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David Amram: Inspiring Musicians in the Village, and Throughout the World

While our blogs typically focus on the history of our neighborhoods and the incredible trailblazers who came before us, it is particularly satisfying to write about great artists who are still among us.  David Amram is one of those extraordinary people. Village Preservation conducted an oral history with Mr. Amram on January 28, 2014, and at 92 this year, it is an honor to write about his work and the Village environs that have shaped his work and continue to do so today.

David Amram conducting a walking tour of his Village haunts for The Village Trip

A composer, conductor, and multi-instrumentalist, Amram began his life as a musician in 1951 playing the French horn for the National Symphony Orchestra. After serving in the US Army from 1952-1954, he moved to the Village in 1955, and played French horn in the legendary jazz bands of Charles Mingus, Dizzy Gillespie, Lionel Hampton, and Oscar Pettiford.  

Amram playing the French horn at the 5 Spot

Amram was a vital force in the Beat Generation, and in 1957 presented the first-ever public jazz-poetry concerts that he created and performed in with novelist Jack Kerouac, a close friend with whom he collaborated artistically for over 12 years. The readings were groundbreaking and were performed at the 10th Street Galleries, a cooperative of modest artist-run galleries that started opening their doors during the early 1950s.

Jazz Poetry night on East 10th Street

In 1956, producer and Villager Joe Papp, hired Amram to compose scores for his fledgling New York Shakespeare Festival. Over the years, Amram composed scores for 25 of Papp’s productions, including a number of Shakespeare in the Park productions. He premiered his comic opera 12th Night with Papp’s libretto in 1968.

From 1964-66, Amram was the Composer and Music Director for the Lincoln Center Theatre, and wrote the scores for Arthur Miller´s plays After The Fall (1964) and Incident at Vichy (1966).

The Cedar Tavern photo courtesy of the Estate of Fred W. McDarrah

University Place and 10th Street, where the Cedar Tavern used to be, was a frequent haunt of Amram’s. In the late 1950s and ’60s, a mix of Beat writers and Abstract Expressionist painters, including both up-and-coming and veteran creative people, filled the place. He was a regular there alongside Allen Ginsberg, Larry Rivers, Alice Neel, and so many other seminal artists of our neighborhoods. It is interesting to note that Amram and his “Cedar Tavern clique,” which included Neel and Rivers and, of course, Amram (who also composed the music for the film), all were in the Robert Frank movie Pull My Daisy. “Larry David said ‘Pull My Daisy,’ which was about nothing, was the model for ‘Seinfeld,’” noted Amram in an interview.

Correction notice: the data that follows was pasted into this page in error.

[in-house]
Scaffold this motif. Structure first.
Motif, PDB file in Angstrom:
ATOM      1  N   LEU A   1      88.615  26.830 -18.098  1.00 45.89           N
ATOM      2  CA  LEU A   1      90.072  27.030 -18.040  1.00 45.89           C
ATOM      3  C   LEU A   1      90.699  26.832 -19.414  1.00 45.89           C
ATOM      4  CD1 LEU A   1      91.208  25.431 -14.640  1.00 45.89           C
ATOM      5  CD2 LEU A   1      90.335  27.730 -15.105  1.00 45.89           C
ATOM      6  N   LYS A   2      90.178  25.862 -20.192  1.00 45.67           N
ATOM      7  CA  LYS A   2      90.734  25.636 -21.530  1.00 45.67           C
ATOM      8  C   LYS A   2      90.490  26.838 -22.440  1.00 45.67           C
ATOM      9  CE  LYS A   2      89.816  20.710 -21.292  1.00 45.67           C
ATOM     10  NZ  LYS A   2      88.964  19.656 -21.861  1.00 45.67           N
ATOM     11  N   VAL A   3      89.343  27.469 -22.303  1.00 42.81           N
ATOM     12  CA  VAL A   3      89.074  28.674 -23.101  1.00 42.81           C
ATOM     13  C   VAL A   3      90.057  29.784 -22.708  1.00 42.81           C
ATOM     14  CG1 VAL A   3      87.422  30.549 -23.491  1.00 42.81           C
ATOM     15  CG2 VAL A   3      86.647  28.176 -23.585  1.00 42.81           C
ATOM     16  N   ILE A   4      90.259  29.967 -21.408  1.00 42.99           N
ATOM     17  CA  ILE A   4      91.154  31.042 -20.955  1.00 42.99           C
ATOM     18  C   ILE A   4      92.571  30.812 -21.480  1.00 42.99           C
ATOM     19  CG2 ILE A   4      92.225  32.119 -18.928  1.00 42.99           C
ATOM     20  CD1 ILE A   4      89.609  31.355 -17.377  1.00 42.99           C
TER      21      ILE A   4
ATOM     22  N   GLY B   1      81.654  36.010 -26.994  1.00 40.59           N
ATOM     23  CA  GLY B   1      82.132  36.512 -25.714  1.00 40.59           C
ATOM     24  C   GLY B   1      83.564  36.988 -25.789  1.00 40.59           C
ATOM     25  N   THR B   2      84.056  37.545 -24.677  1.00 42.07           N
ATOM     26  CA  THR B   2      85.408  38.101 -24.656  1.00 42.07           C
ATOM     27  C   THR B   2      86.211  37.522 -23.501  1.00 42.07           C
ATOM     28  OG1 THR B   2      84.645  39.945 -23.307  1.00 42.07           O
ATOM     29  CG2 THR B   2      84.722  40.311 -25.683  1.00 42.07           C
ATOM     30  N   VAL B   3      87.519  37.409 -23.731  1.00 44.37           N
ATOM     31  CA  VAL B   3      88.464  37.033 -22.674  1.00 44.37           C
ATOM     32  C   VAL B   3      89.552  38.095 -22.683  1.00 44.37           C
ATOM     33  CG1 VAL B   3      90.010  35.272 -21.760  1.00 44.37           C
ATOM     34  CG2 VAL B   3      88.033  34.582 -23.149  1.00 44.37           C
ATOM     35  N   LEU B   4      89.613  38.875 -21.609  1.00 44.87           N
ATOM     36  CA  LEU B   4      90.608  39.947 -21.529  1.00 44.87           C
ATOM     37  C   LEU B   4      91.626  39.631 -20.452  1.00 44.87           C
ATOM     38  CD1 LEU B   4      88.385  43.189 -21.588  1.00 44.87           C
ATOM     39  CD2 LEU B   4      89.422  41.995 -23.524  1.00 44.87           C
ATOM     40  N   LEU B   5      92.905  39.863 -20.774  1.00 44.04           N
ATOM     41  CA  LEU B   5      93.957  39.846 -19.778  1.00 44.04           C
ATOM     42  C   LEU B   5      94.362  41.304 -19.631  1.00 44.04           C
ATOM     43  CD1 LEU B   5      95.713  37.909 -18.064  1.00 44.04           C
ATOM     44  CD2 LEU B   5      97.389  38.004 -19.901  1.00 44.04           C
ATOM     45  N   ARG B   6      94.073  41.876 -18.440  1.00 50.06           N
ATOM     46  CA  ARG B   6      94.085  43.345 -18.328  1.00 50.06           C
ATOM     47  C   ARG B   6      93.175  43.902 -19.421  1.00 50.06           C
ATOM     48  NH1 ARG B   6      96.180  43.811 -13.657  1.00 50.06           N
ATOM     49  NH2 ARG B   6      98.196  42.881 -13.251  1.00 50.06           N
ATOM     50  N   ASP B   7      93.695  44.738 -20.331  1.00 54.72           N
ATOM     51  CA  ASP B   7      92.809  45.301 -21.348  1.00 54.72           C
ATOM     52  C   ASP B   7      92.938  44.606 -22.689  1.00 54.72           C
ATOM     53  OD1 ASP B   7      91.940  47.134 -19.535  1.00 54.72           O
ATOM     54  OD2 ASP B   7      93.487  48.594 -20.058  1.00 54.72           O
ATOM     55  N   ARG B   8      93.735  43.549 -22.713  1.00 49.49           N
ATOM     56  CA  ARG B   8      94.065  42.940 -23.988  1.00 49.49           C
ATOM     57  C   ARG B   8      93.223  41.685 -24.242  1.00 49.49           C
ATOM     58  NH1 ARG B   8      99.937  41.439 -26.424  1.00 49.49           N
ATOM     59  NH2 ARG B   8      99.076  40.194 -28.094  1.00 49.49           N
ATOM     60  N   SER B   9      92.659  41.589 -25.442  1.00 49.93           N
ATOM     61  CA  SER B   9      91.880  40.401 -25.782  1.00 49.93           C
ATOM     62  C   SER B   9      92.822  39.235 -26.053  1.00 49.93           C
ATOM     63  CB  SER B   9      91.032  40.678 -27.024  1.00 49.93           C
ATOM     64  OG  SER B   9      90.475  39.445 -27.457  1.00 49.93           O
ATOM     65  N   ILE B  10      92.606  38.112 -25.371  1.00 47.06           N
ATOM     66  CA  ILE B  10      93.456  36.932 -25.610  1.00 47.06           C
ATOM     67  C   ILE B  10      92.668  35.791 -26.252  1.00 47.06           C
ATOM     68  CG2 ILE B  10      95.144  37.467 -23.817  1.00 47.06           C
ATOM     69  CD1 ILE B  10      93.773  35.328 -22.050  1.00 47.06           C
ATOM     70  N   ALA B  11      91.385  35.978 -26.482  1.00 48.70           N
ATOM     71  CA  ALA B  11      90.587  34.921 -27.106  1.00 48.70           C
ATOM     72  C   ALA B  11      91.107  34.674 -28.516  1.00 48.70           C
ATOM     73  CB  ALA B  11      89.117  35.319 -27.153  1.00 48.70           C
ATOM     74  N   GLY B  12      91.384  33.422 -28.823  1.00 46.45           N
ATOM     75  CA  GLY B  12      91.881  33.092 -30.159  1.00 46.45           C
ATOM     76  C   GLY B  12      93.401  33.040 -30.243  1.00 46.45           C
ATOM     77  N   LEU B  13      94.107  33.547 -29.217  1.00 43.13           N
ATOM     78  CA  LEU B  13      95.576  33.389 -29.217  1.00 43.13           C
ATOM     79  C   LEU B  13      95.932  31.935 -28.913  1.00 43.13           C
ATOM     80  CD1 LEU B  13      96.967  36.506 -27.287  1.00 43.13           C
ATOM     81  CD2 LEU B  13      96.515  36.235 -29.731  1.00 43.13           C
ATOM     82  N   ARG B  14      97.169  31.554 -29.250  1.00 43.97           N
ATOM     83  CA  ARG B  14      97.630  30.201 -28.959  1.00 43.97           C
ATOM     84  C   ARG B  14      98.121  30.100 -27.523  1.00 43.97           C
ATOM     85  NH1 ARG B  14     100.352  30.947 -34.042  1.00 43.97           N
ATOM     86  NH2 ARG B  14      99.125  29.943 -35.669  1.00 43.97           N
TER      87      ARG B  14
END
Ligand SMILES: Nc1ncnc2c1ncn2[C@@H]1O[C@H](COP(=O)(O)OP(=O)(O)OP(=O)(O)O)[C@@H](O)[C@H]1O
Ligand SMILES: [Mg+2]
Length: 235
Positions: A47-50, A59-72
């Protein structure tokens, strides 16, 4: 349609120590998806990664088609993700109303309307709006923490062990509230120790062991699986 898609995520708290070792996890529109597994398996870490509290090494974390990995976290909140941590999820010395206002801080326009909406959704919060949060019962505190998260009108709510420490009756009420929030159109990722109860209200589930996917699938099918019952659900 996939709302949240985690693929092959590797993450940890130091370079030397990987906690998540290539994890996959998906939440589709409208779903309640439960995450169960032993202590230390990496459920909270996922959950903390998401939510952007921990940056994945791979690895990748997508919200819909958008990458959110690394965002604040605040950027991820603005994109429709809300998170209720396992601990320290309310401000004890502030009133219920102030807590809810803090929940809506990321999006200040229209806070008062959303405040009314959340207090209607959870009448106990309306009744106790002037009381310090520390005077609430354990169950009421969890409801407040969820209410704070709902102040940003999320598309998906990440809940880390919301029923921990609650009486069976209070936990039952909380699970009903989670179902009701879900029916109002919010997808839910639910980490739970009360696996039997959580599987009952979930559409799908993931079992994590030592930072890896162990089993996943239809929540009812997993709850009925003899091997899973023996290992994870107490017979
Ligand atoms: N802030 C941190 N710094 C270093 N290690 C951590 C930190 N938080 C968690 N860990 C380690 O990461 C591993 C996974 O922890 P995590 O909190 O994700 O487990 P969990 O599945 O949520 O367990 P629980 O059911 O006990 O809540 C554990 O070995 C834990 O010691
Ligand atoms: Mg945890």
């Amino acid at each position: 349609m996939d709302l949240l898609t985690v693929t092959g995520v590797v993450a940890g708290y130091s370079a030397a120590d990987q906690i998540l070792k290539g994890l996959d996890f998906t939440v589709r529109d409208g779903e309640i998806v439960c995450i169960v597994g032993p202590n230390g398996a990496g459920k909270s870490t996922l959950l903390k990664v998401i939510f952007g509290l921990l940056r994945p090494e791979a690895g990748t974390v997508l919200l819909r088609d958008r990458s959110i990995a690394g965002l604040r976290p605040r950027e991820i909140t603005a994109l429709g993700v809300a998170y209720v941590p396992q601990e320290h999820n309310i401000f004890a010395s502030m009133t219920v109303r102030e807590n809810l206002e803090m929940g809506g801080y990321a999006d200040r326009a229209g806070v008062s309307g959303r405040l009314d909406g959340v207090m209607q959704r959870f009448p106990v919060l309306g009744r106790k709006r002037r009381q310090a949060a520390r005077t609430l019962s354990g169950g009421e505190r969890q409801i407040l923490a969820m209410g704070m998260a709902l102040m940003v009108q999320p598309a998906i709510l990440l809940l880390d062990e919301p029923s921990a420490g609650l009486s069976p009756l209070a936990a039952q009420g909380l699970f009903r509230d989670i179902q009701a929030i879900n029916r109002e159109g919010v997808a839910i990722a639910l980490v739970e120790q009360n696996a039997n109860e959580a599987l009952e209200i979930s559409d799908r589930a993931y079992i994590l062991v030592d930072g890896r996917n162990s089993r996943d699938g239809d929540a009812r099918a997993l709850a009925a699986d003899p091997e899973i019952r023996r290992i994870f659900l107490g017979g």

Larry Rivers, Jack Kerouac, Amram, Allen Ginsberg, and Gregory Corso at Lewis’ Tavern during a break from filming “Pull My Daisy”

Even though he traveled the world extensively conducting, playing, teaching, and/or supervising concerts of his composition, Amram was a resident of our neighborhoods. In fact, in 2014, he wrote “Greenwich Village Portraits,” a piece in three movements for saxophone and piano commemorating our neighborhoods and dedicated to his late Village friends Arthur Miller, Odetta, and Frank McCourt. “I wanted to use [the piece] as a way to honor the people and streets of a fantastic neighborhood in a great city that’s given so many of us a life that we never would have had. That’s what kept me going to finish it. The beautiful thing about a composition is that you’re trying to build something that has value and is meant to last. Not as an ego trip, but as a thank you note for being alive and to all the people who are no longer here,” he said. “I hope those who come to look and listen feel at home and get a glimpse of the rich ongoing spirit of this unique community. My forty years as a resident of the Village continue to be a gift for everything I am doing today. I am sure that many young people will feel inspired to pursue their dreams in life by being in such a special place.”

Today, as he has for more than 70 years, Amram continues to compose music while traveling the world as a conductor, soloist, bandleader, visiting scholar, and narrator in five languages. He has composed more than 100 orchestral and chamber music works, written many scores for Broadway theater and film, including the scores for the films Splendor in the Grass and the original version of The Manchurian Candidate.

Amram is passionate about both the history and future of the Village. In his own words from our oral history

“I mention that because those of us who respectfully disagree with NYU’s disgraceful behavior cannot be dismissed as a bunch of loud-mouthed, Left Wing, self-promoting activists…..” and in a statement that aligns perfectly with Village Preservation’s mission, he notes: “Most of the people who want to preserve the Village have all said in effect, “We’re going to devote our whole lives to what we think is right—not just for us, but for all people, but for their children and grandchildren—and try to preserve what we have for all New Yorkers and all who visit New York.”

Our oral history with David Amram is one of more than sixty we’ve conducted over the years with leading activists, artists, preservationists, and business and community leaders from our neighborhoods, including Jane Jacobs, Merce Cunningham, Marlis Momber, Jonas Mekas, and so many more — read and listen to them all here.

David once quipped, “One of the things I always liked about New York was, you could finish the most colossal project and people would just say, What are you doing next?”

We are very much looking forward to seeing and hearing what you are doing next, Mr. Amram! It is always fascinating and such a pleasure!

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